Within the past 18 months, it has been revealed that 12 prisoners who identify as transgender and were convicted of violence or sexual crimes have been accommodated in Scottish women's jails.
A review conducted by the Scottish Prison Service (SPS) into Scotland's transgender prison policy will look at the possibility of ending the practice of transitioning male inmates demanding a move to female housing, according to The Times.
Only one of the prisoners had fully transitioned, with the other 11 self-identifying as female, figures released under Freedom of Information laws revealed.
Campaigners are claiming that the policy of allowing prisoners to self-identify without the need for a Gender Recognition Certificate is not legal. It is also traumatizing for female prisoners, many of which have a history of suffering male violence.
Director of the campaign group Keep Prisons Single Sex Dr. Kate Coleman, urged prison heads to take into account the impact on women of housing trans prisoners among them.
"The evidence clearly indicates that where prisoners of the male sex, no matter how they identify, are held in women's prisons, women in prison are negatively impacted," she said. "I trust that the SPS will pay heed to that fact."
"My experience is that it is always an issue to have trans women in with female prisoners and you have to think beyond the obvious which is physical or sexual threat, which is sometimes an issue, to the very fact of the presence of male-bodied prisoners among vulnerable women causes them distress and consternation," Rhona Hotchkiss, a former governor of Cornton Vale women's prison in Stirling, said.
A spokesman for the SPS told The Times that 12 trans prisoners were currently housed in the Scottish prison system, including one male trans prisoner in the male estate, but declined to give a breakdown of the offenses. They also noted that risk management is done on an individual basis.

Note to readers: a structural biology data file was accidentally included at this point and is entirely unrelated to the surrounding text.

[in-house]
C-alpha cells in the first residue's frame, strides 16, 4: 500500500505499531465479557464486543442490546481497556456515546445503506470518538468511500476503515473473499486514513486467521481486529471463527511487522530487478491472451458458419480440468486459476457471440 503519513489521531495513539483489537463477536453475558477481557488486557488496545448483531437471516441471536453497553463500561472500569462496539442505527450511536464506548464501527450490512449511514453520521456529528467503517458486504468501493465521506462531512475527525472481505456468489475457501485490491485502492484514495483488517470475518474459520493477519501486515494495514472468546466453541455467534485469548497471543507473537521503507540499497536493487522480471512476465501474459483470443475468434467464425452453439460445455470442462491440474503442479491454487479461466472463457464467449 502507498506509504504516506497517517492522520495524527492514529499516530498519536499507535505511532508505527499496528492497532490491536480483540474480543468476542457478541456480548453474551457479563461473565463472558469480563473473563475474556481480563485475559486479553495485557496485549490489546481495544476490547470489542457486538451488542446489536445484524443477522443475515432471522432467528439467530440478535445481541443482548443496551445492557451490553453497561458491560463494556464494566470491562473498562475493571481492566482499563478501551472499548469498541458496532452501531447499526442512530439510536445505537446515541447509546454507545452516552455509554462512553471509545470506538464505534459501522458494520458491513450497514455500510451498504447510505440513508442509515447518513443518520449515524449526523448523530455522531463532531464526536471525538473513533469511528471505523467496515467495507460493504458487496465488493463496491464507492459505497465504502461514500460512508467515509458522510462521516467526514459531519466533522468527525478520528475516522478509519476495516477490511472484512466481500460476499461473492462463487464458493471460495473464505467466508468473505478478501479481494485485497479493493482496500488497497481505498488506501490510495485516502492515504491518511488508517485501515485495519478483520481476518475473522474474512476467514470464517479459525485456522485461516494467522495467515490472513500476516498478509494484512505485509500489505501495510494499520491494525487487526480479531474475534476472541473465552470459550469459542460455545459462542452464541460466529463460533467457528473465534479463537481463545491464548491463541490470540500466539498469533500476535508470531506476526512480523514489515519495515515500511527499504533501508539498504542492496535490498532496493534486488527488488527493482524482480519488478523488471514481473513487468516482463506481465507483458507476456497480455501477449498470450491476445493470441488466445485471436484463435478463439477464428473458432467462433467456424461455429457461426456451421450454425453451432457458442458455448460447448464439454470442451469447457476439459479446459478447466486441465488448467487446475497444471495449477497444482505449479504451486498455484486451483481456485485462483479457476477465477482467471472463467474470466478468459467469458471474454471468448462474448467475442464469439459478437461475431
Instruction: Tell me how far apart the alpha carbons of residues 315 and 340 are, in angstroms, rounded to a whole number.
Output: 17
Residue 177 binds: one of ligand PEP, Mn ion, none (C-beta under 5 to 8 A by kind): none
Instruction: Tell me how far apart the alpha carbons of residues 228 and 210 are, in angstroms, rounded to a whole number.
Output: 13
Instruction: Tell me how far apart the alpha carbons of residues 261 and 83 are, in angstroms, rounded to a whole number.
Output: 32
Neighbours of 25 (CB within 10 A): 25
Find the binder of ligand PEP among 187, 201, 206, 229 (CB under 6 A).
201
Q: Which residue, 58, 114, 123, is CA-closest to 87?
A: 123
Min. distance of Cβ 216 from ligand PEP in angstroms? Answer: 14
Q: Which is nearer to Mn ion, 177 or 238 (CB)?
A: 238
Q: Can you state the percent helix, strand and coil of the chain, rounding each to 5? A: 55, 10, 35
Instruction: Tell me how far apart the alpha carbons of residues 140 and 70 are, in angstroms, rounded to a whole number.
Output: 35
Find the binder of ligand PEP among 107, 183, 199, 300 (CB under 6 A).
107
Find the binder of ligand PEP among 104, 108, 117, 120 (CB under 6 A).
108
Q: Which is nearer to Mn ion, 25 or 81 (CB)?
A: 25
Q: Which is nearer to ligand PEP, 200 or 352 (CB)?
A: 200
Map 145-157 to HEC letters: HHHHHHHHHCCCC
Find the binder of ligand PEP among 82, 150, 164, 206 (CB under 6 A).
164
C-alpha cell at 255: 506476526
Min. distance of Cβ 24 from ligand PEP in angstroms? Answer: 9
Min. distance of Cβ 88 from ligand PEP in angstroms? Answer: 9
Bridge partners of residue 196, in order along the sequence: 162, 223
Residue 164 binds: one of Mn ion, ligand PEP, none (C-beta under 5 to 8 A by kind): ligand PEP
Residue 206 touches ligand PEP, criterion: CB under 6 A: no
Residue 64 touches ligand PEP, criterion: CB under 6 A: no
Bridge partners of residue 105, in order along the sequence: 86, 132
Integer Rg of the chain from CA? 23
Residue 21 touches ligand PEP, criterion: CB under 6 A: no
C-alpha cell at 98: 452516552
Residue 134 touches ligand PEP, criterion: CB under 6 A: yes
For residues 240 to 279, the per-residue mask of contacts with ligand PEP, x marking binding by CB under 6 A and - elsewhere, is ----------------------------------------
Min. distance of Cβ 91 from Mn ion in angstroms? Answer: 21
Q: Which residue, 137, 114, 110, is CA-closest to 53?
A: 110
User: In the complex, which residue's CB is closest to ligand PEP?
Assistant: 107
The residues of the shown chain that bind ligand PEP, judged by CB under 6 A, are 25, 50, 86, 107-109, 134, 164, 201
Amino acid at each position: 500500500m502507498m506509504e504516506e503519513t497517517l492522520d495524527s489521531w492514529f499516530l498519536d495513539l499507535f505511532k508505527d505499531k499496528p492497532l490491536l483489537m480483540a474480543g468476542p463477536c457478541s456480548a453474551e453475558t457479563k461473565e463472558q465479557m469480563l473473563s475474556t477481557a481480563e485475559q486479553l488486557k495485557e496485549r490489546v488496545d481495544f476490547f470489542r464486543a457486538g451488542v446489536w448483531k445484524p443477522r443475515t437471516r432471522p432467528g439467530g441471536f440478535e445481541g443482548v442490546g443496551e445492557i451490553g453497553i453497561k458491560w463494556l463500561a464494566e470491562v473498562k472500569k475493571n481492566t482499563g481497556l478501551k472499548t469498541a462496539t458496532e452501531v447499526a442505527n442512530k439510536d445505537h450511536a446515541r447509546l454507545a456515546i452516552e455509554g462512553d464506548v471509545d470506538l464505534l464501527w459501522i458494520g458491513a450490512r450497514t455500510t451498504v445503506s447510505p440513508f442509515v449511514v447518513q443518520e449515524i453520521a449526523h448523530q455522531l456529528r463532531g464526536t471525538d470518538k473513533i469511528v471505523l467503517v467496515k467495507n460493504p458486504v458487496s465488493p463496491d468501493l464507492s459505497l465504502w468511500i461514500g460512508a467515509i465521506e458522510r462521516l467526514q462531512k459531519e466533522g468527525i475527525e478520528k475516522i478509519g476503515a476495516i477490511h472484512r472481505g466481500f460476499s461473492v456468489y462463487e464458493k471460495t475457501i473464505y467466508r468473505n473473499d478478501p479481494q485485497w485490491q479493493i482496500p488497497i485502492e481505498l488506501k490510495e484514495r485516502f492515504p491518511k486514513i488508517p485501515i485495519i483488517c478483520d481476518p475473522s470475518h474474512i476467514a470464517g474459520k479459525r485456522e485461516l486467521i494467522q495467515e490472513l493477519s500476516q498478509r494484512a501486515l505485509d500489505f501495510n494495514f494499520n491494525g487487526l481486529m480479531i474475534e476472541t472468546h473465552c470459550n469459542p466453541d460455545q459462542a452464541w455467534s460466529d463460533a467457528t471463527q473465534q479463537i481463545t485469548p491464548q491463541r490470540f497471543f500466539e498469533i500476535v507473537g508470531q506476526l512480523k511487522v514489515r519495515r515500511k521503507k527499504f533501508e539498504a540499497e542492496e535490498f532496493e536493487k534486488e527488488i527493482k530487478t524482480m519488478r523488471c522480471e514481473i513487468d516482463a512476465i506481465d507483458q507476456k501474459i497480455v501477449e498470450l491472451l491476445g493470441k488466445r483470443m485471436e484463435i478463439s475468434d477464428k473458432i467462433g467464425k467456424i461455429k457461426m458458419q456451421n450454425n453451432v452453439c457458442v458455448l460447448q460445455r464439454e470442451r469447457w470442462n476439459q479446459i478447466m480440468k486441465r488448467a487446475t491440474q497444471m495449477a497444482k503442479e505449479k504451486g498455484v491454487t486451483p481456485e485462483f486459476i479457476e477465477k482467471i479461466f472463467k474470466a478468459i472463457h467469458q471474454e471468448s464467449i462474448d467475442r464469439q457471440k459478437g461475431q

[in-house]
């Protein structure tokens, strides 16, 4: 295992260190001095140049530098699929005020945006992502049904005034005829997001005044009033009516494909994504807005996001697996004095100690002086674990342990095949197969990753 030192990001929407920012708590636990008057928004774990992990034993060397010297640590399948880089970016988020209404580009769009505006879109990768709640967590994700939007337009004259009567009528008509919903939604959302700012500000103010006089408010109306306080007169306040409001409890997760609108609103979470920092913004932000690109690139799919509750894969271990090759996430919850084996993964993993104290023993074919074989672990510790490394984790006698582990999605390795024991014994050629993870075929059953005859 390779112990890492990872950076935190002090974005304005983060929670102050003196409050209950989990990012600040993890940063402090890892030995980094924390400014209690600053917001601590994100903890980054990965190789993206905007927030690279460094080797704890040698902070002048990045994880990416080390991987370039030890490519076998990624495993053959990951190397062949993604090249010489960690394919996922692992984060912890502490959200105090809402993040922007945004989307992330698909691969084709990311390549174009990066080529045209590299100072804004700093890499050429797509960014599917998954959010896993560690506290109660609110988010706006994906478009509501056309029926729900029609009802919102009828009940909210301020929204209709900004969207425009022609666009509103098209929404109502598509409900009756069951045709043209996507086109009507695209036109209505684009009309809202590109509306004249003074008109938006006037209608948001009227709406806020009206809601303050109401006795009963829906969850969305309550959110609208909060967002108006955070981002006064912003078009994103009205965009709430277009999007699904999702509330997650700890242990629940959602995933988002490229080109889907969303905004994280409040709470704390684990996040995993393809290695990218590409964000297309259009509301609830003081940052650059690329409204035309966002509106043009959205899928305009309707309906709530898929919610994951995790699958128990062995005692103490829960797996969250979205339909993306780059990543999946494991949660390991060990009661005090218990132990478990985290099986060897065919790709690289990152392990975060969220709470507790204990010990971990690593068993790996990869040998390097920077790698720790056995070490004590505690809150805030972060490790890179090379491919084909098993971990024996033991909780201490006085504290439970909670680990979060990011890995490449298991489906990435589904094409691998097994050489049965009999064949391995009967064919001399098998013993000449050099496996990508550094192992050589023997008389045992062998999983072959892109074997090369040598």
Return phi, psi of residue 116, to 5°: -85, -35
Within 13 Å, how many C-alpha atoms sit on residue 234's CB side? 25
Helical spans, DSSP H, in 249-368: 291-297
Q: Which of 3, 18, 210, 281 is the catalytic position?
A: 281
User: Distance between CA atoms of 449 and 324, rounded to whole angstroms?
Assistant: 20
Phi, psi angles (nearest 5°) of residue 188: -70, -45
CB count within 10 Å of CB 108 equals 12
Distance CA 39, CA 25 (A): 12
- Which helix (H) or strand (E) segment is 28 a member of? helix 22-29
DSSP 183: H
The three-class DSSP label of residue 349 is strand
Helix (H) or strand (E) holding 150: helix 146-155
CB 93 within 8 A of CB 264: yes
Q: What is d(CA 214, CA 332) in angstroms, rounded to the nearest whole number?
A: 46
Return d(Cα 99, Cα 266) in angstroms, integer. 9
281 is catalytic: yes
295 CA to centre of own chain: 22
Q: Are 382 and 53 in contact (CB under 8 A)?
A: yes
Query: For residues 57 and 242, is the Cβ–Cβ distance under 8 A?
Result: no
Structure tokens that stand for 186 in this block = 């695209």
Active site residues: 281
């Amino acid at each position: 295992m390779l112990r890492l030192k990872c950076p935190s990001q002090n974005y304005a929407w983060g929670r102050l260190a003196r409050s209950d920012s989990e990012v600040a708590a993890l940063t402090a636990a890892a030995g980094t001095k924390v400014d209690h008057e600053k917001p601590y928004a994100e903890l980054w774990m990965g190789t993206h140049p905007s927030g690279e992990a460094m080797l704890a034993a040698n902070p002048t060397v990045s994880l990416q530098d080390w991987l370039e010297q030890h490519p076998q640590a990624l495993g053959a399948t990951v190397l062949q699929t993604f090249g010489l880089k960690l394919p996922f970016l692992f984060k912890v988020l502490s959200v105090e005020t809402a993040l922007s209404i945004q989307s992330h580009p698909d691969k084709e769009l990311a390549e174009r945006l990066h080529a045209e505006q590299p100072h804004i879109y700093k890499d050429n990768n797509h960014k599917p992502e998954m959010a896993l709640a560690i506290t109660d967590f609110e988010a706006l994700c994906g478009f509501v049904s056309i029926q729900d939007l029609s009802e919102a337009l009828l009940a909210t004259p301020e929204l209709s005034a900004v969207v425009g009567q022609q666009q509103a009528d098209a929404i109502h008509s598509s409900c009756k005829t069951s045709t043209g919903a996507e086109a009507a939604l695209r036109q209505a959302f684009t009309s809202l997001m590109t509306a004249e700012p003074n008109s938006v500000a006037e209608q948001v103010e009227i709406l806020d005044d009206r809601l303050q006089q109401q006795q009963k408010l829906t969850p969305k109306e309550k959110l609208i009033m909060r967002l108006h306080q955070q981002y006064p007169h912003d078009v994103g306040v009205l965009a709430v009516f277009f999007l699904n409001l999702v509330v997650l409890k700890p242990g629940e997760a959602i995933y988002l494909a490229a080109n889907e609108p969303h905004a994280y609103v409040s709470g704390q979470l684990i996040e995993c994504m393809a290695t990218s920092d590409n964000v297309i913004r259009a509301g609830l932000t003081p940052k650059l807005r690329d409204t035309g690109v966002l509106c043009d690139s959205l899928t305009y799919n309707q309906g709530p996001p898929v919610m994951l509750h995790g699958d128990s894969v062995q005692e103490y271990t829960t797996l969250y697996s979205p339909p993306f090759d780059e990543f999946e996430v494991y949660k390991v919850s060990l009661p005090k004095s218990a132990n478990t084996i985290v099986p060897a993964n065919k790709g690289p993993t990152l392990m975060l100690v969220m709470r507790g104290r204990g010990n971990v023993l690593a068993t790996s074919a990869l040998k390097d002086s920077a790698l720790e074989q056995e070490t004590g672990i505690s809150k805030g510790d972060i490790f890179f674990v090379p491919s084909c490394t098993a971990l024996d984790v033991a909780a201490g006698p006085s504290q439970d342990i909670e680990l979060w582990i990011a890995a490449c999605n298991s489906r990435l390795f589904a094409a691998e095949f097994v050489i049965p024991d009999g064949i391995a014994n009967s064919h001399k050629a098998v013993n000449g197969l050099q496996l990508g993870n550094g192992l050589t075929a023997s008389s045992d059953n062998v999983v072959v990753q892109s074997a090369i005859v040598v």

"All cases are treated on an individual basis and are risk-assessed through a multi-disciplinary case conference, transgender case conference supported by transgender policy," the spokesperson said.
"Any decisions about the location of transgender prisoners are only made after an individual risk assessment has taken place. This process considers the risks potentially presented both to and by the individuals," they continued.
"We take very seriously our duty of care towards all in our custody. We also undertake regular prison surveys, which includes a focus on the experience and needs of the people in our care — this is an important part of the SPS' evidence base for policy," they added.
Prison bosses say they will consult with campaigners, female inmates, and prison officers regarding its transgender policy, as well as open up the consultation to the public following criticism for failing to do so when the policy was created in 2014.
"One of the groups we will be particularly keen to consult is the female prison population, who have not been specifically consulted about this before," said a spokesman for the SPS. "The need for wider consultations has been recognized and the planned consultation will provide an opportunity for a wide range of groups to have input."